Having created a servant class such as the rudimentary
NodeI class, you can instantiate the class to create a concrete servant that can receive invocations from a client. However, merely instantiating a servant class is insufficient to incarnate an object. Specifically, to provide an implementation of an Ice object, you must take the following steps:
- Instantiate a servant class.
- Create an identity for the Ice object incarnated by the servant.
- Inform the Ice run time of the existence of the servant.
- Pass a proxy for the object to a client so the client can reach it.
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Instantiating a Java Servant
Instantiating a servant means to allocate an instance:
This code creates a new
NodeI instance and assigns its address to a reference of type
Node. This works because
NodeI is derived from
Node, so a
Node reference can refer to an instance of type
NodeI. However, if we want to invoke a member function of the
NodeI class at this point, we must use a
Whether you use a
Node or a
NodeI reference depends purely on whether you want to invoke a member function of the
NodeI class: if not, a
Node reference works just as well as a
Creating an Identity in Java
Each Ice object requires an identity. That identity must be unique for all servants using the same object adapter.
The Ice object model assumes that all objects (regardless of their adapter) have a globally unique identity.
An Ice object identity is a structure with the following Slice definition:
The full identity of an object is the combination of both the
category fields of the
Identity structure. For now, we will leave the
category field as the empty string and simply use the
name field. (The
category field is most often used in conjunction with servant locators.)
To create an identity, we simply assign a key that identifies the servant to the
name field of the
Activating a Java Servant
Merely creating a servant instance does nothing: the Ice run time becomes aware of the existence of a servant only once you explicitly tell the object adapter about the servant. To activate a servant, you invoke the
add operation on the object adapter. Assuming that we have access to the object adapter in the
_adapter variable, we can write:
Note the two arguments to
add: the servant and the object identity. Calling
add on the object adapter adds the servant and the servant's identity to the adapter's servant map and links the proxy for an Ice object to the correct servant instance in the server's memory as follows:
- The proxy for an Ice object, apart from addressing information, contains the identity of the Ice object. When a client invokes an operation, the object identity is sent with the request to the server.
- The object adapter receives the request, retrieves the identity, and uses the identity as an index into the servant map.
- If a servant with that identity is active, the object adapter retrieves the servant from the servant map and dispatches the incoming request into the correct member function on the servant.
Assuming that the object adapter is in the active state, client requests are dispatched to the servant as soon as you call
UUIDs as Identities in Java
The Ice object model assumes that object identities are globally unique. One way of ensuring that uniqueness is to use UUIDs (Universally Unique Identifiers) as identities. For convenience, the object adapter has an operation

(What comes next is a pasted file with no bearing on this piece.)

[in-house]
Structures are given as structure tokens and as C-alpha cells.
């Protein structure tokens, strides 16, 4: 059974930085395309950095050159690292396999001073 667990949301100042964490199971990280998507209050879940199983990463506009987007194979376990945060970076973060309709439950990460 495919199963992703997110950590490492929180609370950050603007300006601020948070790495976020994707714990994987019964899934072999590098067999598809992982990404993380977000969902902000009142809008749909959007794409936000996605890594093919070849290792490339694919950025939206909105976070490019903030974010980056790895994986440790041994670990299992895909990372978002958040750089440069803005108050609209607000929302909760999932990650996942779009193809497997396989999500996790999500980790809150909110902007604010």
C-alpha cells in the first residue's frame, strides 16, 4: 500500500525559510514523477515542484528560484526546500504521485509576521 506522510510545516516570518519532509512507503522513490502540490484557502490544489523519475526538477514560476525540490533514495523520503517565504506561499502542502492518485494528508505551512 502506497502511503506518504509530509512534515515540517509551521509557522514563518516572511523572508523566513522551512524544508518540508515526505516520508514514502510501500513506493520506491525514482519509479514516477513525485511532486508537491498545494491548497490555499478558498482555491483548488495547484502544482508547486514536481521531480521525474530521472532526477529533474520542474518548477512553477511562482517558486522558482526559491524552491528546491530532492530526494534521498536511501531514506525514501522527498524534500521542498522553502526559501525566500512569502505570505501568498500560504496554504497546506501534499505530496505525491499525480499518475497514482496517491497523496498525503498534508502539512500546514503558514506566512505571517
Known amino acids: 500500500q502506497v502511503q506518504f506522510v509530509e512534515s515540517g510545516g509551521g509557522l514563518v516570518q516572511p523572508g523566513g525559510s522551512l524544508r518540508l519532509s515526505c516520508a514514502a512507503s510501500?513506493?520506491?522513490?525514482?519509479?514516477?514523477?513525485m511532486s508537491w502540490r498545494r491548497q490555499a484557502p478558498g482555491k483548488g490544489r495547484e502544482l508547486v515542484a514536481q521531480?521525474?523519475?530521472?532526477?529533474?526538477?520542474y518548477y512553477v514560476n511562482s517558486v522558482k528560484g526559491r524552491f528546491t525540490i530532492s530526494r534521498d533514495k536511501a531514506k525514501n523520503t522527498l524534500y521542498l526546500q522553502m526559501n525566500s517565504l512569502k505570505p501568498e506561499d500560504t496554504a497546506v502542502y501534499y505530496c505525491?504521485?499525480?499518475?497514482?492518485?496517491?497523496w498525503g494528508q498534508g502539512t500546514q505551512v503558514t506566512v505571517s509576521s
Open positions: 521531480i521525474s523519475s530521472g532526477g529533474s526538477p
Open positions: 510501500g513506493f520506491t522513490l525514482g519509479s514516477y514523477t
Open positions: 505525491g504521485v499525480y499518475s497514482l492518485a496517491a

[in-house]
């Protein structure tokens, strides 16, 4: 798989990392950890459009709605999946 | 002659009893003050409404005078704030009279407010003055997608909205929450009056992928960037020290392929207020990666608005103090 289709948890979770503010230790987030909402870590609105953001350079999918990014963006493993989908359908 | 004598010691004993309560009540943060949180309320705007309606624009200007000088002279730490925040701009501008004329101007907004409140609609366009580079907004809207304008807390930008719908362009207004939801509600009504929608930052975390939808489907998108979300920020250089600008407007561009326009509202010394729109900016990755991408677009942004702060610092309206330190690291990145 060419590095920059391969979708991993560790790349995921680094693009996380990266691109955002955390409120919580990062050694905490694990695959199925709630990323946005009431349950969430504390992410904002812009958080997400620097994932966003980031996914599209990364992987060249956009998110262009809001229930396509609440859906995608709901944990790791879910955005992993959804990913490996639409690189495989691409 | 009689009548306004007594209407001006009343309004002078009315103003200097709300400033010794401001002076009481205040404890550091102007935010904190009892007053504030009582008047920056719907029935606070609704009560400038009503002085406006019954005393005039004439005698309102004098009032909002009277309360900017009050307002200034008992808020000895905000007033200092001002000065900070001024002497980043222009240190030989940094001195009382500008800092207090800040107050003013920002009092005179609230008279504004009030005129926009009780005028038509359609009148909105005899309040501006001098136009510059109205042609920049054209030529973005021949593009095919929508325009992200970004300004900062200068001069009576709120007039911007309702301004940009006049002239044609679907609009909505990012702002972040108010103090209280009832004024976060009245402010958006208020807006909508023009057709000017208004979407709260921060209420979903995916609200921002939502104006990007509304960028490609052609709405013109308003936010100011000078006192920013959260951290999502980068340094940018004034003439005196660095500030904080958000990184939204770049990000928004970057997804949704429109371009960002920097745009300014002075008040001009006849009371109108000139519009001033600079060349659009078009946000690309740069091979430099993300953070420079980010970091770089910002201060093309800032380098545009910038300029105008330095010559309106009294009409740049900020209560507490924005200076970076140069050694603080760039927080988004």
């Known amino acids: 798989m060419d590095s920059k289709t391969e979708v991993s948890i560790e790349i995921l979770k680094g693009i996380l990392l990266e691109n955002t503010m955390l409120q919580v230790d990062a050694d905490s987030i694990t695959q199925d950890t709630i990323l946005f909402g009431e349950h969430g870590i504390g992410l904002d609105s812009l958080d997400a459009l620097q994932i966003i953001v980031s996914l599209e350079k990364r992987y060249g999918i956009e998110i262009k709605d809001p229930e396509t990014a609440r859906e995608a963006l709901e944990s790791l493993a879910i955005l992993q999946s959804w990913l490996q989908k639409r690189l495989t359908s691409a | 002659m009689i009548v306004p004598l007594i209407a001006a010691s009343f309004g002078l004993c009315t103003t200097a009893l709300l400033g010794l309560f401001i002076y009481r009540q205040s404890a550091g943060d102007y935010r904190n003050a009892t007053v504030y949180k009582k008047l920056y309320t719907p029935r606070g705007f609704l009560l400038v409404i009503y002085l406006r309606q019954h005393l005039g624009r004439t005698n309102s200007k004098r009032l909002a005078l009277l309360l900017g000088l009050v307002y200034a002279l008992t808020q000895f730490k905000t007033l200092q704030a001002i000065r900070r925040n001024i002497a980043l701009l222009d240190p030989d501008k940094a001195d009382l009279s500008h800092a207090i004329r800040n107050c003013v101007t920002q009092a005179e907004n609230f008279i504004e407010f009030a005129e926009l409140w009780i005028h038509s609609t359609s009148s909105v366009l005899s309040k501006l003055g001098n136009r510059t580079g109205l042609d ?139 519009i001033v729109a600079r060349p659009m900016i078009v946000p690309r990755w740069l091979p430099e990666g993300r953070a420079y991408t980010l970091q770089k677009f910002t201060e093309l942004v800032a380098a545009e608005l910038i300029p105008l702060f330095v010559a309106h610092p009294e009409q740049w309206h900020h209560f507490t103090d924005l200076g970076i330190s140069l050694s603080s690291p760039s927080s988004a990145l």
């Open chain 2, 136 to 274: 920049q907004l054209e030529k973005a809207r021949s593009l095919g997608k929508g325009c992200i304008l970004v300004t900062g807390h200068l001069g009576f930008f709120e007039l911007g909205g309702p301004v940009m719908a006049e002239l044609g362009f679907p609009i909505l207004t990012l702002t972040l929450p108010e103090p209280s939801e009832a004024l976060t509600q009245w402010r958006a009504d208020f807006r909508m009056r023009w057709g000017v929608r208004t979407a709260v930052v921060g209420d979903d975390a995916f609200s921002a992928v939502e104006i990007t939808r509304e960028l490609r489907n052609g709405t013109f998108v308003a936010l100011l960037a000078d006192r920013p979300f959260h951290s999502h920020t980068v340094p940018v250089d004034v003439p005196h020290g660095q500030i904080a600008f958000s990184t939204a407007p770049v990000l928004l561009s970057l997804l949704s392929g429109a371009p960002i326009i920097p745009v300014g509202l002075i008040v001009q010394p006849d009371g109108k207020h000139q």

addWithUUID that generates a UUID and adds a servant to the servant map in a single step. Using this operation, we can create an identity and register a servant with that identity in a single step as follows:
Creating Proxies in Java
Once we have activated a servant for an Ice object, the server can process incoming client requests for that object. However, clients can only access the object once they hold a proxy for the object. If a client knows the server's address details and the object identity, it can create a proxy from a string, as we saw in our first example in Hello World Application. However, creation of proxies by the client in this manner is usually only done to allow the client access to initial objects for bootstrapping. Once the client has an initial proxy, it typically obtains further proxies by invoking operations.
The object adapter contains all the details that make up the information in a proxy: the addressing and protocol information, and the object identity. The Ice run time offers a number of ways to create proxies. Once created, you can pass a proxy to the client as the return value or as an out-parameter of an operation invocation.
Proxies and Servant Activation in Java
addWithUUID servant activation operations on the object adapter return a proxy for the corresponding Ice object. This means we can write the following:
addWithUUID both activates the servant and returns a proxy for the Ice object incarnated by that servant in a single step.
Note that we need to use an
uncheckedCast here because
addWithUUID returns a proxy of type
Direct Proxy Creation in Java
The object adapter offers an operation to create a proxy for a given identity:
createProxy creates a proxy for a given identity whether a servant is activated with that identity or not. In other words, proxies have a life cycle that is quite independent from the life cycle of servants:
This creates a proxy for an Ice object with the identity returned by
randomUUID. Obviously, no servant yet exists for that object so, if we return the proxy to a client and the client invokes an operation on the proxy, the client will receive an
ObjectNotExistException. (We examine these life cycle issues in more detail in Object Life Cycle.)